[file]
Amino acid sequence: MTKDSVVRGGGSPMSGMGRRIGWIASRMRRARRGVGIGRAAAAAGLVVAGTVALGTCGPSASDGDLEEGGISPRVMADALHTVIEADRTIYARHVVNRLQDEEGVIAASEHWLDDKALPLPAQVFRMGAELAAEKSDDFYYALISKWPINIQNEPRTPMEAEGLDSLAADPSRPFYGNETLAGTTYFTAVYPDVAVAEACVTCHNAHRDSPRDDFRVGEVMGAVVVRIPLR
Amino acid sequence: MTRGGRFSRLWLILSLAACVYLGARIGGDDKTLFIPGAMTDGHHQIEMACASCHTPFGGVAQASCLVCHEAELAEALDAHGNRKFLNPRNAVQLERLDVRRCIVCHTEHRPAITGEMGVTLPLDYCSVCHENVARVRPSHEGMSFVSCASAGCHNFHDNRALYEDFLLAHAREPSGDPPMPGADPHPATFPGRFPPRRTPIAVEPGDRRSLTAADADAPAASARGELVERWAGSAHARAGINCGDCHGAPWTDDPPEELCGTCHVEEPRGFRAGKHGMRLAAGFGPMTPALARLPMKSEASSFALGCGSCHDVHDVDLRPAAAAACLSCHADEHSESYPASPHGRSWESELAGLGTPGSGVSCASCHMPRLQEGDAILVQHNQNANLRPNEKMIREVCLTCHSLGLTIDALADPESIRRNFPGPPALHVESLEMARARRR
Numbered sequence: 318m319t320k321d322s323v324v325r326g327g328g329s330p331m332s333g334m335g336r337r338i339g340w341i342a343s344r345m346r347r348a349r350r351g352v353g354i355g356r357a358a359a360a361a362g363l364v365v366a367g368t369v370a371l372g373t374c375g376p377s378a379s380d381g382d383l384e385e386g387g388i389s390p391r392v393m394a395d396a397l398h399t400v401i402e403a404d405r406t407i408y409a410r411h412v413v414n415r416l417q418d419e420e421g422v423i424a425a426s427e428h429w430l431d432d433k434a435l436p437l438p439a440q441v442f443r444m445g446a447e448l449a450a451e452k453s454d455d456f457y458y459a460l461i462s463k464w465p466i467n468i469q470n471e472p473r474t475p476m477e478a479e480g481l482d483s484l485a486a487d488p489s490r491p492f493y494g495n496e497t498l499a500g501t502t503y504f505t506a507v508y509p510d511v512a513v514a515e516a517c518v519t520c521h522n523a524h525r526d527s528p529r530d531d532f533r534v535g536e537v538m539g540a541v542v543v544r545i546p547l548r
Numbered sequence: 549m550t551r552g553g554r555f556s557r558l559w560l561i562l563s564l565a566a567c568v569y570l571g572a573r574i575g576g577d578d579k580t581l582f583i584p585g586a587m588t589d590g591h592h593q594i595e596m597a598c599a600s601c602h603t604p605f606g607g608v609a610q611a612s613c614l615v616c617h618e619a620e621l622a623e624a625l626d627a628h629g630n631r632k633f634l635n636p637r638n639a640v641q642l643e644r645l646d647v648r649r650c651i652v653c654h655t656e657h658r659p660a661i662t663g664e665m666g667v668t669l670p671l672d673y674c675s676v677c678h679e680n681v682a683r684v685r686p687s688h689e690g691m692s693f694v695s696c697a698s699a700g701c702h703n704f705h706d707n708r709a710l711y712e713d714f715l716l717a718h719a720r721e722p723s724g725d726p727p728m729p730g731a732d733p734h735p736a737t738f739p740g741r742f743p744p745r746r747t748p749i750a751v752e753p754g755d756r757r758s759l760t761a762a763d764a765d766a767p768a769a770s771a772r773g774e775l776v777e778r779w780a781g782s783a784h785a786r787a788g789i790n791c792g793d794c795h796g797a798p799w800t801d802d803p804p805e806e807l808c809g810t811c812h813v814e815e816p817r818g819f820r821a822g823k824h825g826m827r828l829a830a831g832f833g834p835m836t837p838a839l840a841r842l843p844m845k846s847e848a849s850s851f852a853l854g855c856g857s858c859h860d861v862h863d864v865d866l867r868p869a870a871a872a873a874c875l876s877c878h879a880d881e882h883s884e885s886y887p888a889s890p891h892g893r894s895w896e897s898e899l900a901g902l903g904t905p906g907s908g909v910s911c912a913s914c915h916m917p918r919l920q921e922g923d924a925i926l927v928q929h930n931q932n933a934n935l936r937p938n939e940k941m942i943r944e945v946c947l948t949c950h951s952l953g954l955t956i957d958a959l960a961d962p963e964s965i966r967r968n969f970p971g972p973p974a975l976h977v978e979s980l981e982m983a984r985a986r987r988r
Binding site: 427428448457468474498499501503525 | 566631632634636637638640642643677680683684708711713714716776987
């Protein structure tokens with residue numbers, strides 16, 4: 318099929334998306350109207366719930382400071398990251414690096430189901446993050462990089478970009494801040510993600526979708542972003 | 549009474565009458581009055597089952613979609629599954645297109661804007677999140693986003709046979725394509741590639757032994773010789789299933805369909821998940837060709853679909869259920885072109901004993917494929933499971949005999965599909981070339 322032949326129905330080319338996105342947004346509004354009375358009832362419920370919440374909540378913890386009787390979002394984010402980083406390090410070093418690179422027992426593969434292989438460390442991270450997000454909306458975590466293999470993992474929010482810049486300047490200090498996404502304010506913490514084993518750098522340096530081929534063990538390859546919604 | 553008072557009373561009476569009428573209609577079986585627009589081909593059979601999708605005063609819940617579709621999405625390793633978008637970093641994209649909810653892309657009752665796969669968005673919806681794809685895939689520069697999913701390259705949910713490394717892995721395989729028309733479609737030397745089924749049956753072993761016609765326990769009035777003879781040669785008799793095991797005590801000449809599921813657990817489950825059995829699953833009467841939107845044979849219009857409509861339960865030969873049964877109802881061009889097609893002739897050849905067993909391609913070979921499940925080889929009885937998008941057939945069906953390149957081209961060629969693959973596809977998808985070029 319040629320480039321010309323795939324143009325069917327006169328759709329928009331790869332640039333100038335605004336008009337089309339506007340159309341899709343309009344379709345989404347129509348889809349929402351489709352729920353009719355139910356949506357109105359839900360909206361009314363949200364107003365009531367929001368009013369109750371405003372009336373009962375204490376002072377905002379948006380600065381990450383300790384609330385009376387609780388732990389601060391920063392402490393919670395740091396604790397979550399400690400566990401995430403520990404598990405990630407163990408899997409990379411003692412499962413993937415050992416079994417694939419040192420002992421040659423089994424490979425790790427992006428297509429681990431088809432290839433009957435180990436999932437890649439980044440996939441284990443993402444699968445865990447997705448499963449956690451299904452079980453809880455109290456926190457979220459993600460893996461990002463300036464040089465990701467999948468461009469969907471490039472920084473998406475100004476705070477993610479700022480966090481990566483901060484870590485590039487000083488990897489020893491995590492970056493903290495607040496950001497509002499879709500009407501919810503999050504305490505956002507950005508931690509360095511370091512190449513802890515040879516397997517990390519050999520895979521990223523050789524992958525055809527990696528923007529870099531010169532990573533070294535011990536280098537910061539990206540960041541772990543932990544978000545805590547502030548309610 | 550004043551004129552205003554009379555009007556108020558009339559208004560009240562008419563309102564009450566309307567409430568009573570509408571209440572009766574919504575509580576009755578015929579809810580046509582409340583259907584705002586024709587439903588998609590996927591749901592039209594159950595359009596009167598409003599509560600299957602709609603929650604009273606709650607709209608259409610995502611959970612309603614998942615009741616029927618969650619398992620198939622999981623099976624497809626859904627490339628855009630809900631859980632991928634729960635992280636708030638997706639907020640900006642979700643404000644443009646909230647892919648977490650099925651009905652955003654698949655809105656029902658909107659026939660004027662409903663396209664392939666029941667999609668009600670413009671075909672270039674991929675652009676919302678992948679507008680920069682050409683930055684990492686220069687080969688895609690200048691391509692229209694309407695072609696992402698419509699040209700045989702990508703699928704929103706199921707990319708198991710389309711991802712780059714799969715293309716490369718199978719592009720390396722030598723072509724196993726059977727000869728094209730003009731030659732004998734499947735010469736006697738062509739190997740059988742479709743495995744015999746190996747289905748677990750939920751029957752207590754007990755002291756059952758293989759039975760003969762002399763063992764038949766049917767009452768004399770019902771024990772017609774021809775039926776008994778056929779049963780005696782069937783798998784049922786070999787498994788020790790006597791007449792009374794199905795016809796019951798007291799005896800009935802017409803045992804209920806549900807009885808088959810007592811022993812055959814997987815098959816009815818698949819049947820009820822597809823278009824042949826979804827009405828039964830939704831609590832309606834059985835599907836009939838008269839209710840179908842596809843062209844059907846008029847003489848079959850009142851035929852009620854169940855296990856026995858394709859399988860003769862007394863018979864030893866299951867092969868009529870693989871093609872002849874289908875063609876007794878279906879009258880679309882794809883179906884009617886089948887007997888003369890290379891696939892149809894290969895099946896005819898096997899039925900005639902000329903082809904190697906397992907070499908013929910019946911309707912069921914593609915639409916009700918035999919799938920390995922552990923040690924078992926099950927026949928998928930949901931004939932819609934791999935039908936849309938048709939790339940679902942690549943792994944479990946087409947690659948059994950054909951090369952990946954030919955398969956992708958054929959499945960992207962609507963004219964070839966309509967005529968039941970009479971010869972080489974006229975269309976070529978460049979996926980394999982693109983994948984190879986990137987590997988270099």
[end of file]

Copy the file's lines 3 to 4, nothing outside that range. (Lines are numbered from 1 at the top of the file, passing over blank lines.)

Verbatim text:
Numbered sequence: 318m319t320k321d322s323v324v325r326g327g328g329s330p331m332s333g334m335g336r337r338i339g340w341i342a343s344r345m346r347r348a349r350r351g352v353g354i355g356r357a358a359a360a361a362g363l364v365v366a367g368t369v370a371l372g373t374c375g376p377s378a379s380d381g382d383l384e385e386g387g388i389s390p391r392v393m394a395d396a397l398h399t400v401i402e403a404d405r406t407i408y409a410r411h412v413v414n415r416l417q418d419e420e421g422v423i424a425a426s427e428h429w430l431d432d433k434a435l436p437l438p439a440q441v442f443r444m445g446a447e448l449a450a451e452k453s454d455d456f457y458y459a460l461i462s463k464w465p466i467n468i469q470n471e472p473r474t475p476m477e478a479e480g481l482d483s484l485a486a487d488p489s490r491p492f493y494g495n496e497t498l499a500g501t502t503y504f505t506a507v508y509p510d511v512a513v514a515e516a517c518v519t520c521h522n523a524h525r526d527s528p529r530d531d532f533r534v535g536e537v538m539g540a541v542v543v544r545i546p547l548r
Numbered sequence: 549m550t551r552g553g554r555f556s557r558l559w560l561i562l563s564l565a566a567c568v569y570l571g572a573r574i575g576g577d578d579k580t581l582f583i584p585g586a587m588t589d590g591h592h593q594i595e596m597a598c599a600s601c602h603t604p605f606g607g608v609a610q611a612s613c614l615v616c617h618e619a620e621l622a623e624a625l626d627a628h629g630n631r632k633f634l635n636p637r638n639a640v641q642l643e644r645l646d647v648r649r650c651i652v653c654h655t656e657h658r659p660a661i662t663g664e665m666g667v668t669l670p671l672d673y674c675s676v677c678h679e680n681v682a683r684v685r686p687s688h689e690g691m692s693f694v695s696c697a698s699a700g701c702h703n704f705h706d707n708r709a710l711y712e713d714f715l716l717a718h719a720r721e722p723s724g725d726p727p728m729p730g731a732d733p734h735p736a737t738f739p740g741r742f743p744p745r746r747t748p749i750a751v752e753p754g755d756r757r758s759l760t761a762a763d764a765d766a767p768a769a770s771a772r773g774e775l776v777e778r779w780a781g782s783a784h785a786r787a788g789i790n791c792g793d794c795h796g797a798p799w800t801d802d803p804p805e806e807l808c809g810t811c812h813v814e815e816p817r818g819f820r821a822g823k824h825g826m827r828l829a830a831g832f833g834p835m836t837p838a839l840a841r842l843p844m845k846s847e848a849s850s851f852a853l854g855c856g857s858c859h860d861v862h863d864v865d866l867r868p869a870a871a872a873a874c875l876s877c878h879a880d881e882h883s884e885s886y887p888a889s890p891h892g893r894s895w896e897s898e899l900a901g902l903g904t905p906g907s908g909v910s911c912a913s914c915h916m917p918r919l920q921e922g923d924a925i926l927v928q929h930n931q932n933a934n935l936r937p938n939e940k941m942i943r944e945v946c947l948t949c950h951s952l953g954l955t956i957d958a959l960a961d962p963e964s965i966r967r968n969f970p971g972p973p974a975l976h977v978e979s980l981e982m983a984r985a986r987r988r